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December 16, 2020

German Ministry of Finance issues new Administrative Principles regarding examination of income allocation between internationally associated enterprises

Executive summary

Germany has had administrative principles in place since 2005 that, among other things, provide guidance regarding the obligations of taxpayers when undergoing a transfer pricing examination (See, Administrative Principles Procedures, BMF letter of 12 April 2005 or AP 2005). On 3 December 2020, the German Ministry of Finance (BMF) updated the AP 2005 by issuing the Administrative Principles 2020 (AP 2020).

The revisions focus on two chapters of the AP 2005, those being the: (i) obligations of taxpayers (and their relevant related parties) to cooperate (Sec. 90 Fiscal Code (FC)); and (ii) estimation of tax bases and penalties by German tax authorities (Sec. 162 FC). The parts of the AP 2005 not modified by the AP 2020 remain intact.

Germany’s Administrative Principles represent a third element (in addition to the tax law and executive orders) of German tax provisions. Although not binding on taxpayers and courts, the Administrative Principles serve as additional guidance for the interpretation and illustration of the tax law and executive order; accordingly they are important for taxpayers.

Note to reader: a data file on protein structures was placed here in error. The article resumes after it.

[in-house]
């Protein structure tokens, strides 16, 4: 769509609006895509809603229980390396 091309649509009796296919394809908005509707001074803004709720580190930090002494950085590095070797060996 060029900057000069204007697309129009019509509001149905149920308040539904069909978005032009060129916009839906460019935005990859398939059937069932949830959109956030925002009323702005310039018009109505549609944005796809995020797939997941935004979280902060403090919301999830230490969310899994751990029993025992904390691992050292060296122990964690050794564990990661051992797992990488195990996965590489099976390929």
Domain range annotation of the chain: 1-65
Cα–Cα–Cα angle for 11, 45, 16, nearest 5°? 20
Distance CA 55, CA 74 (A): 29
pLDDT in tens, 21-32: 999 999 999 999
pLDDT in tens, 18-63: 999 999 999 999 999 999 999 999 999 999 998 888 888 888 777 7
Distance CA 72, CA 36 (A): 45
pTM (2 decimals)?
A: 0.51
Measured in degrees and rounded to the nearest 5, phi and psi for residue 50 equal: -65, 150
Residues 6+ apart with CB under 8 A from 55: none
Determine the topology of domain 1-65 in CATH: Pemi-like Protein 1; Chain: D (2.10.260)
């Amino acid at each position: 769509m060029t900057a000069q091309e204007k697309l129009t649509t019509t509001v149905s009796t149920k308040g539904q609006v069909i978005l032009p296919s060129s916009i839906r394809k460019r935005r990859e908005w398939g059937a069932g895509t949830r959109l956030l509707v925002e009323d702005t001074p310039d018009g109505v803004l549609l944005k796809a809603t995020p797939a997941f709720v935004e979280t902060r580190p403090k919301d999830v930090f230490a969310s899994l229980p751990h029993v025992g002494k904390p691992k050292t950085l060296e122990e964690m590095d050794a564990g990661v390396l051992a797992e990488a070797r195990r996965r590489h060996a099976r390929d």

This Alert summarizes the key aspects of the AP 2020.

Detailed discussion

It was widely anticipated that under the AP 2020, the German tax authorities would (re)interpret the arm’s-length principle following the revision of the Organisation for Economic Co-operation and Development (OECD) Transfer Pricing Guidelines in 2017. The AP 2020 contains certain necessary additions due to the changes in German tax law, in particular resulting from the completion of the OECD Base Erosion and Profit Shifting (BEPS) Project. Importantly, the AP 2020 does not mention the OECD’s “DEMPE Concept.”1 On the other hand, the AP 2020 contains comments on the implementation of the master file in Germany with clarifications on the determination of revenue thresholds and on the interpretation of undefined legal terms.